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hdhomerun Re: tv tuners

SiliconDust HDHomeRun Network-based Single Digital HDTV Tuner
Ethernet Interface <- streams upnp so recording video should be

Yes, the HDHR is OS independent. I have recorded video with NetBSD, FreeBSD, and Linux. They supply C source code for a CLI program. I use at(1) to schedule

The other big advantage of the HDHR is that it doesn't require a slot.
I never have enough slots.  It does require Ethernet, 100Mbps or faster.
10 Mbps is too slow for HD.  It has the feature where the Ethernet port
figures out which wire is which, so you don't need a crossover cable.
Any computer on your network can access the HDHR.

Recording doesn't require much CPU, you're just copying bits from Ethernet to disk. Playback requires either significant CPU, or hardware assist from GPU,
or Broadcom's "Crystal HD" chip, or perhaps a media streamer box, ...

You can locate the HDHR near where the antenna coax enters the house,
eliminating losses from a long coax run. I suggest locating it in conditioned
space, attics get very hot in the summer.

The HDHR provides more debug info than most tuners.  You get seperate
signal strength and signal quality numbers. You get the number of packets
that failed to be corrected by the forward error correction.  When this
number is 0, you have an exact copy of the bits transmitted by the station.

The HDHR can provide the entire data stream, or it can filter by PID.
This feature can save a fair bit of disk space.

Now the bad news: your Ethernet had better be perfect, dropping a single
packet can cause a glitch. The current models transfer the video data via UDP. (Older units allowed the option of using TCP.) Control commands are
via TCP.

The consumer models require dhcp. IIRC the profe$$ional "TECH" model allows setting a static IP address. Many customers have asked for the ability to
set a static IP address, but they refuse to consider it, citing worries
about supporting people who forget what address they set.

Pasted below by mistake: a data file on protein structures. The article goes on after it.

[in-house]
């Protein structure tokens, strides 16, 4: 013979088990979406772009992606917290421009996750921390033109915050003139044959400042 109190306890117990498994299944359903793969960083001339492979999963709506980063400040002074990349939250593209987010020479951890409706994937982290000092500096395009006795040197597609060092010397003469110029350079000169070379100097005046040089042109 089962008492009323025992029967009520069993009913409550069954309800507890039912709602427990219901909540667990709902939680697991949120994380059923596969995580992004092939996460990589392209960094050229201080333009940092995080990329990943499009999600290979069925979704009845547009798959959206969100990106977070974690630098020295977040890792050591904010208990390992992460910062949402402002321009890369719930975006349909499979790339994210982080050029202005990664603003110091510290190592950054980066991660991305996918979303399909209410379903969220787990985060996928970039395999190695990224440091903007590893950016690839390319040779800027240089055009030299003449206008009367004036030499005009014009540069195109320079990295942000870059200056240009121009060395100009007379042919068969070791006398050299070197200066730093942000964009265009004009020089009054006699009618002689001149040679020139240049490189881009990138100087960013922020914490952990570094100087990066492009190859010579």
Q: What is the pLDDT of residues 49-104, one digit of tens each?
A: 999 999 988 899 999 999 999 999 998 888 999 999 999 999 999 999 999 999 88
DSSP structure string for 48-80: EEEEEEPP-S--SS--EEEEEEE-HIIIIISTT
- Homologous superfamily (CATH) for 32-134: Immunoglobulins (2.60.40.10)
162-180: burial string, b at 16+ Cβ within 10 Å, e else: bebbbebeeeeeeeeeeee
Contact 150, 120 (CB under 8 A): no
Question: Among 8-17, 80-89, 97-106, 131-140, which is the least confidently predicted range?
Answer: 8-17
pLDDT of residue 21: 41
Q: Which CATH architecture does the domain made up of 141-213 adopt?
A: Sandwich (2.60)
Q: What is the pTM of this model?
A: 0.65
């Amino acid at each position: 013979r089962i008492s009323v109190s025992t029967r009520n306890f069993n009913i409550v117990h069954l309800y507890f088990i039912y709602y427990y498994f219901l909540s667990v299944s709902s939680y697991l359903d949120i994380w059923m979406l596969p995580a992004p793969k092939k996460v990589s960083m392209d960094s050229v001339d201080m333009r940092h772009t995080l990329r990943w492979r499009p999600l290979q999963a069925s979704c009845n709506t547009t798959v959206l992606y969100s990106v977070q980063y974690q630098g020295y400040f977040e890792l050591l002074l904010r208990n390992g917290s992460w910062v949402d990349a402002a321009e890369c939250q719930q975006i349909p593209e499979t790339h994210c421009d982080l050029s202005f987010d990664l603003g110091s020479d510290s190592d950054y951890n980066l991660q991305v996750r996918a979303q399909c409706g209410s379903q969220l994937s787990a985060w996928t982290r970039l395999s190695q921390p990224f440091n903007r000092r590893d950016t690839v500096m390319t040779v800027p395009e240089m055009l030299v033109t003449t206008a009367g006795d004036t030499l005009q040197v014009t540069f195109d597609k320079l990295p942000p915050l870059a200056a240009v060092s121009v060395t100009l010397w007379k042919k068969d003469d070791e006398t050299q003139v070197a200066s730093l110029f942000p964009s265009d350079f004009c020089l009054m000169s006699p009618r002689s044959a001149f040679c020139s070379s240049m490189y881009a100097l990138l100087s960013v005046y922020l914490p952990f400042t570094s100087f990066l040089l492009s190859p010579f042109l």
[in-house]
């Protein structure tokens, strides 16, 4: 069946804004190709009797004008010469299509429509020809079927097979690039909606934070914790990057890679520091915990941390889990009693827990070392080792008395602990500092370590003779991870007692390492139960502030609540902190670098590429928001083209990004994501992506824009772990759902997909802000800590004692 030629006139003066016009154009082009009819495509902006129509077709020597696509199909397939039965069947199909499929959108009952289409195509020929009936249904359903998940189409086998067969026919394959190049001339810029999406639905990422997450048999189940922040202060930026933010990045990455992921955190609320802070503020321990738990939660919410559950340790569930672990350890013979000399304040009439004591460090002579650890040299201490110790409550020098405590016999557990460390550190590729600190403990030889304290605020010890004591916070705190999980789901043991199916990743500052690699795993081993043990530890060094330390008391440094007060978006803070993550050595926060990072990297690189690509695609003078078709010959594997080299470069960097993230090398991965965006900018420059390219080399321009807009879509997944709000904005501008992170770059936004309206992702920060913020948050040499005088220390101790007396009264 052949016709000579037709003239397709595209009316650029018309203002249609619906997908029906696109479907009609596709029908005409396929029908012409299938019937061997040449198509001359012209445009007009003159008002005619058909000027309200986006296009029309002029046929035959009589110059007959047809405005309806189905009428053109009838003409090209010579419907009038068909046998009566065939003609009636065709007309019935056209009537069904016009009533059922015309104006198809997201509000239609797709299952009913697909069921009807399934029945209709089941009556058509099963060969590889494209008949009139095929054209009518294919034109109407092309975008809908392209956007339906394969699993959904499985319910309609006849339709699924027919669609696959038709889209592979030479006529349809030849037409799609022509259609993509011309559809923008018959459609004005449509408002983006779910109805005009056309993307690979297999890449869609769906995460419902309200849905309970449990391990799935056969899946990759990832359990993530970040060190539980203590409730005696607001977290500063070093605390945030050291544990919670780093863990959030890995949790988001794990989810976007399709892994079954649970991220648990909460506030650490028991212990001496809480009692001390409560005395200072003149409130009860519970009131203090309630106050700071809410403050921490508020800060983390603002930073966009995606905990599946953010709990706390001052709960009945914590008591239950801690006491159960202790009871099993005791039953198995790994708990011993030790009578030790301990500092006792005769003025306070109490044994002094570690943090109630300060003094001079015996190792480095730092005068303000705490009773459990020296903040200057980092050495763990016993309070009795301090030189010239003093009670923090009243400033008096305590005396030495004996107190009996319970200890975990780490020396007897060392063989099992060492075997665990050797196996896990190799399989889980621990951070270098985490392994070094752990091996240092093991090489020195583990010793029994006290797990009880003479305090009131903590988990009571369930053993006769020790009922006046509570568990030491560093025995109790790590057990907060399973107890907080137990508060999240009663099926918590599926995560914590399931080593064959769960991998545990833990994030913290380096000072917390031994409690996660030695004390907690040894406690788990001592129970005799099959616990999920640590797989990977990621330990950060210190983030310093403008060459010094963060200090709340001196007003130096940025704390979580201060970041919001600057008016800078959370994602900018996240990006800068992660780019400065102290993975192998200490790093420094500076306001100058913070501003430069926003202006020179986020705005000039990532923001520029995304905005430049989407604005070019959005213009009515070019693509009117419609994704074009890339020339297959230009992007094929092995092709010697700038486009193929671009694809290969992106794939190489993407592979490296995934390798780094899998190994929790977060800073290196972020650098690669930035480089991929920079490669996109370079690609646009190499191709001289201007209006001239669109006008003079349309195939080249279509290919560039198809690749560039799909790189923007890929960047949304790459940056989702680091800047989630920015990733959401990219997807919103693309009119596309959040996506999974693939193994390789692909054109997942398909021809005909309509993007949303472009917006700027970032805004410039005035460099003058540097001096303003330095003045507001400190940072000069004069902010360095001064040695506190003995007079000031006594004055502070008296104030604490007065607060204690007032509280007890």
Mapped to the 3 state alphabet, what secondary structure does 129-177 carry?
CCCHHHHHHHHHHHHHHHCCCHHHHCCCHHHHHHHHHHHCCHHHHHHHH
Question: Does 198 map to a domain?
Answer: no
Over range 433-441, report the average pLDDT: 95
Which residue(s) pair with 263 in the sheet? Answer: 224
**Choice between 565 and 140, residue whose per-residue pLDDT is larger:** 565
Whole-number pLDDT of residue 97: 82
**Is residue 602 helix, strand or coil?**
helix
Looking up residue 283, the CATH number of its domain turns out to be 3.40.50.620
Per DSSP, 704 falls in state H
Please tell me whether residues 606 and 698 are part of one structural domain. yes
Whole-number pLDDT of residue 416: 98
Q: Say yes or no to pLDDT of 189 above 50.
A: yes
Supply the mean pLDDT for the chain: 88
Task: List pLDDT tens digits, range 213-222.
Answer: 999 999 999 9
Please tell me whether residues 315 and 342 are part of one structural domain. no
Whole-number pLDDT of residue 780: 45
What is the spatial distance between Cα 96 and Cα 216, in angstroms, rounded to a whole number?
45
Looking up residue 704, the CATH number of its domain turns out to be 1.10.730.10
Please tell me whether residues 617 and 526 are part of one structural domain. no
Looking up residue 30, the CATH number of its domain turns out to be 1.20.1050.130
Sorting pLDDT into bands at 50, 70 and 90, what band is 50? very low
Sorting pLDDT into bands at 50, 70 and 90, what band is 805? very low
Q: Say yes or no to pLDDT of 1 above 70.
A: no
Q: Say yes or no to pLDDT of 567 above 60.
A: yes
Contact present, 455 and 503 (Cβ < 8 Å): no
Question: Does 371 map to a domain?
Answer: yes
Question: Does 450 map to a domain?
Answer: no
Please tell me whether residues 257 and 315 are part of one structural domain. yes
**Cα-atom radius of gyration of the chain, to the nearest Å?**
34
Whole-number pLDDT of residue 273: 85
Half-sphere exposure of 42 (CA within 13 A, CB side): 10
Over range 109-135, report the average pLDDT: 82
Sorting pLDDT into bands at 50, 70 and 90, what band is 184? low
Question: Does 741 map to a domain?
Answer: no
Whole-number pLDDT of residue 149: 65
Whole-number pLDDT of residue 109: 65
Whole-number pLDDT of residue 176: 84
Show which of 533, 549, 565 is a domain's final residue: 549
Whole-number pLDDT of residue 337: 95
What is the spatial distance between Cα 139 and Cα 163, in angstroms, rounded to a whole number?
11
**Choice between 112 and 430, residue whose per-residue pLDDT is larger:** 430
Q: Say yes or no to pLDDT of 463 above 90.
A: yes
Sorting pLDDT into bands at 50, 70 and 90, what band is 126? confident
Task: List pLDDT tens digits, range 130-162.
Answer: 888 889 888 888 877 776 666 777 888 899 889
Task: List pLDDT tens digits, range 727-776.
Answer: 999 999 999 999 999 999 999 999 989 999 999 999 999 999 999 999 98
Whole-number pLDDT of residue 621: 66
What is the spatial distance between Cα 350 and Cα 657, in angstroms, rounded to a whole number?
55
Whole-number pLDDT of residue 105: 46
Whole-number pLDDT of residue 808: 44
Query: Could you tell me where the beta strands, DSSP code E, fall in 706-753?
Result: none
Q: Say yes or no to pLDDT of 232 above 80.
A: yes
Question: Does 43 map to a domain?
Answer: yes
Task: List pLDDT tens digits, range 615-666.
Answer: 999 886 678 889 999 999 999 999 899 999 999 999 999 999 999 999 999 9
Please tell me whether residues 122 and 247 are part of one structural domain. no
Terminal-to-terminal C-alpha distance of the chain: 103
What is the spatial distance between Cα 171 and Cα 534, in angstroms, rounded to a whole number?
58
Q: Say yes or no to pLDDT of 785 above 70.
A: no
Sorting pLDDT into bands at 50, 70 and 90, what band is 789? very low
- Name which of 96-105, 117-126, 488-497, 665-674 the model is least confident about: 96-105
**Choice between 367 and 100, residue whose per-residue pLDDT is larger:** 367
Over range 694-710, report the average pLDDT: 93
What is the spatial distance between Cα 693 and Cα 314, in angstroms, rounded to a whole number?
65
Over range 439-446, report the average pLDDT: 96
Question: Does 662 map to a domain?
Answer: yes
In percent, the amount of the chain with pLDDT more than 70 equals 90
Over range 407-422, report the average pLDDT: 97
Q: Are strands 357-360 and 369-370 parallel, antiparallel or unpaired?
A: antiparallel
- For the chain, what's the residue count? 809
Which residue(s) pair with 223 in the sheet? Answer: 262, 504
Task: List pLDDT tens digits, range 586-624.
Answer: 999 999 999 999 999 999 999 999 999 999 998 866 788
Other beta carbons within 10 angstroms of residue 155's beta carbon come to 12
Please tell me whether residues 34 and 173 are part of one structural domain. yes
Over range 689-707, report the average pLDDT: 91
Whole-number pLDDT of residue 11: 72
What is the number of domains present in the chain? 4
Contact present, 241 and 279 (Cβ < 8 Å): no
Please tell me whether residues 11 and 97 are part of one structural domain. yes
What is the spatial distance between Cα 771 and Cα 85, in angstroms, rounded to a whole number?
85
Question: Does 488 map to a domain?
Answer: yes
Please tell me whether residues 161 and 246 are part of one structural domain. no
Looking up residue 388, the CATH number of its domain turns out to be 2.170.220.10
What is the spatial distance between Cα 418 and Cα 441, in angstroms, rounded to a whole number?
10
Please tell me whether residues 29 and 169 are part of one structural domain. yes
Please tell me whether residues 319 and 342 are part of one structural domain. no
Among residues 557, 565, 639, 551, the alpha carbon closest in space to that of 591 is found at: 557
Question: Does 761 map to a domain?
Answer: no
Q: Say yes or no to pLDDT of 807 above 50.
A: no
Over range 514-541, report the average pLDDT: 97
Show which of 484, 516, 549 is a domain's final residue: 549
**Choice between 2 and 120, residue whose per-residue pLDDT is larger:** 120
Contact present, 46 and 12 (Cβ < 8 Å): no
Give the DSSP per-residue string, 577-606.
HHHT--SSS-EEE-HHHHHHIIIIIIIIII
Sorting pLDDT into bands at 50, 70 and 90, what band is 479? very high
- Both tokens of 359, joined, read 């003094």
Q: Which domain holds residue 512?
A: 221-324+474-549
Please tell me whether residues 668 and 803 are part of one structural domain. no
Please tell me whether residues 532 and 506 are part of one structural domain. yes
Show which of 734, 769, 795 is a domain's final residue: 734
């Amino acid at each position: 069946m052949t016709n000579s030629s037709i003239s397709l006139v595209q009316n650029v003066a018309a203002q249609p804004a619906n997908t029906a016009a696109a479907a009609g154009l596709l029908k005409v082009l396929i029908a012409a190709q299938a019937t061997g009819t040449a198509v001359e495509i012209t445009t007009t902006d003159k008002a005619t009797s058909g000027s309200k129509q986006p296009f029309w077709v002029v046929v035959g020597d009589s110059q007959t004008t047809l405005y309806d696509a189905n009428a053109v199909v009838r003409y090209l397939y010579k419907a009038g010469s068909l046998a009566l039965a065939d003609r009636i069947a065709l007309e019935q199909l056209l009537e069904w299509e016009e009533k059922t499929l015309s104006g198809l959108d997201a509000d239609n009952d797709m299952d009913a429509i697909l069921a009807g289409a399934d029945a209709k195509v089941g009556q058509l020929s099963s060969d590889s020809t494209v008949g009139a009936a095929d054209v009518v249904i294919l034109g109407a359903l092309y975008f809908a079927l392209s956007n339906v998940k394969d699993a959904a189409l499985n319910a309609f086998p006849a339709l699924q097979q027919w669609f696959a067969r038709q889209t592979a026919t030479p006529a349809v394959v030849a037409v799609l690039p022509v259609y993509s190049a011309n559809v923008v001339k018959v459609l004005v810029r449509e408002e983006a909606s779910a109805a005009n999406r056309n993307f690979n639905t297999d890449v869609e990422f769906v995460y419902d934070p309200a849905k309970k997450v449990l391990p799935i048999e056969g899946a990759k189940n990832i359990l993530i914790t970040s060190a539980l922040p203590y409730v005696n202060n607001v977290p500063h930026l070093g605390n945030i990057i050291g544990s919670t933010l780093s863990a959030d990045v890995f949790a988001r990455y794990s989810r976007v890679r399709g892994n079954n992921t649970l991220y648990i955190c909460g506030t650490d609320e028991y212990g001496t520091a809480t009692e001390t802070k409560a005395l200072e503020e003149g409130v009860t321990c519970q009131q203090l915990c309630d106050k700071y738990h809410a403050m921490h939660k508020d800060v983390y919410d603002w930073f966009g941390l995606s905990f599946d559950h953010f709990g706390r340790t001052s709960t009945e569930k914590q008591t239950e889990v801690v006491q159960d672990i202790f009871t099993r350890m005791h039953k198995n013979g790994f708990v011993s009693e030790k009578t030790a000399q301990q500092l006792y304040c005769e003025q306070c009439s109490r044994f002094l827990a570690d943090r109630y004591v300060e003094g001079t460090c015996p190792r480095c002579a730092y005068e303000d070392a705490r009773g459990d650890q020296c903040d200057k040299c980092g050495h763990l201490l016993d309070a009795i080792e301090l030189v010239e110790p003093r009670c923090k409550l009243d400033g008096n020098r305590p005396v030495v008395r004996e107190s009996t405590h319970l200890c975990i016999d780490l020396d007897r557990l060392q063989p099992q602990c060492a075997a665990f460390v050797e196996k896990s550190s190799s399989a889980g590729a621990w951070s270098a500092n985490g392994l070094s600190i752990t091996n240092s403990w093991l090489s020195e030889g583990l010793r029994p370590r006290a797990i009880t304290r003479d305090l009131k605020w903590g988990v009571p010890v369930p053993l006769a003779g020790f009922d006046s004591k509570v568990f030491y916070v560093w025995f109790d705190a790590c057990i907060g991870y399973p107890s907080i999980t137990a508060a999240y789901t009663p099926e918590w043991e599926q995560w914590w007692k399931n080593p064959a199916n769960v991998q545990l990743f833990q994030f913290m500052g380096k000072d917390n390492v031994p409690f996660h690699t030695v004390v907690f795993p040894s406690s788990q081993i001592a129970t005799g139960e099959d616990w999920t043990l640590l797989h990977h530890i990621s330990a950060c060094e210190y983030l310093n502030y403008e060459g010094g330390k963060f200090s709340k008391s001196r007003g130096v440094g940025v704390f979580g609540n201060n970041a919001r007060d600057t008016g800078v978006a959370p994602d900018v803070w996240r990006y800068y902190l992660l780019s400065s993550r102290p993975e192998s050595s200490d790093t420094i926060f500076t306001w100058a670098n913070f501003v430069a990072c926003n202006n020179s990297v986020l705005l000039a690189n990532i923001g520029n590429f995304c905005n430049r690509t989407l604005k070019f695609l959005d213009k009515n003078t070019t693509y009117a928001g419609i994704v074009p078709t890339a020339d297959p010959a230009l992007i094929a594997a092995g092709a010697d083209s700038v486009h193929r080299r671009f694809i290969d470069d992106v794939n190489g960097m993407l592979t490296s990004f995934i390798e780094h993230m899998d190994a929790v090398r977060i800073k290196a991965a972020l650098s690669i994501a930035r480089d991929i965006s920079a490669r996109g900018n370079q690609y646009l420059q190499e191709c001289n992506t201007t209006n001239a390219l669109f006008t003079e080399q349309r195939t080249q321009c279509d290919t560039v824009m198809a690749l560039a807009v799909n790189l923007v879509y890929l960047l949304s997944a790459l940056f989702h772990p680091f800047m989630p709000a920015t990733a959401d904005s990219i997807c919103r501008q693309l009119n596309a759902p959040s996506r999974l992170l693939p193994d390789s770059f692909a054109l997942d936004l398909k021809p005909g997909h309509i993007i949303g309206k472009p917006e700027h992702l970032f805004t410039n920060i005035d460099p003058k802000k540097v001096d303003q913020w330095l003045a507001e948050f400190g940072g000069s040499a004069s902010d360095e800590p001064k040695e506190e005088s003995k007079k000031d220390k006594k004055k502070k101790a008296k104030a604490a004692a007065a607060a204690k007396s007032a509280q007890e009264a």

The firmware is buggy, and it is closed so we can't fix the bugs.

If you complain about a problem, they might delete the feature rather than
fixing the problem. (example: transferring the video data via TCP)  If
they do fix a problem, the new firmware and/or utilities are available
from their website.  Firmware can be updated over the Ethernet.  Note
that if the new firmware is worse, you might not be allowed to go

The silicondust web site has a somewhat useful forum, but they censor it.
They also expire postings. is an alternative.

It cannot do anything with analog signals (NTSC, PAL, SECAM).

The biggest problem is the reception.  I spent a fair amount of
time/effort/money improving my antenna system.  High gain antennas
in the attic, quad-shield coax, filtering out non-TV frequencies,
ferrite, etc.  After all this my analog signals were *beautiful*.
No snow, no ghosts, no interference.  But the HDHR frequently
has reception problems.

On the web you can find various reports that other tuners get better
reception than the HDHR.

Interesting thread starting with #10875 on:

"VSWR of SEVEN!!!!! That's the worst I've ever seen in ANYTHING!!!!!"

"I have one of these newer HDHRs, and it is the worst tuner I've used
in years. I have a bunch of LGDT3303 based PC tuners, some as old as
5 years, and they all outperform the HDHR by a wide margin. But I
really, really like the concept of an HDHR and I want to make it work.
Is there anything I can do to compensate for its bad specs?"

"Pretty solid evidence that these (HDHomeRun) tuners are susceptible
to the "Image Frequency" problem."

Silicondust recommends locating the unit away from computers to
reduce interference.  The RF tuner is in the usual sheet metal
enclosure, but that is not enough.

To sum up, it is a real love/hate thing.  Having it connect via
Ethernet is great, but the problems are significant.

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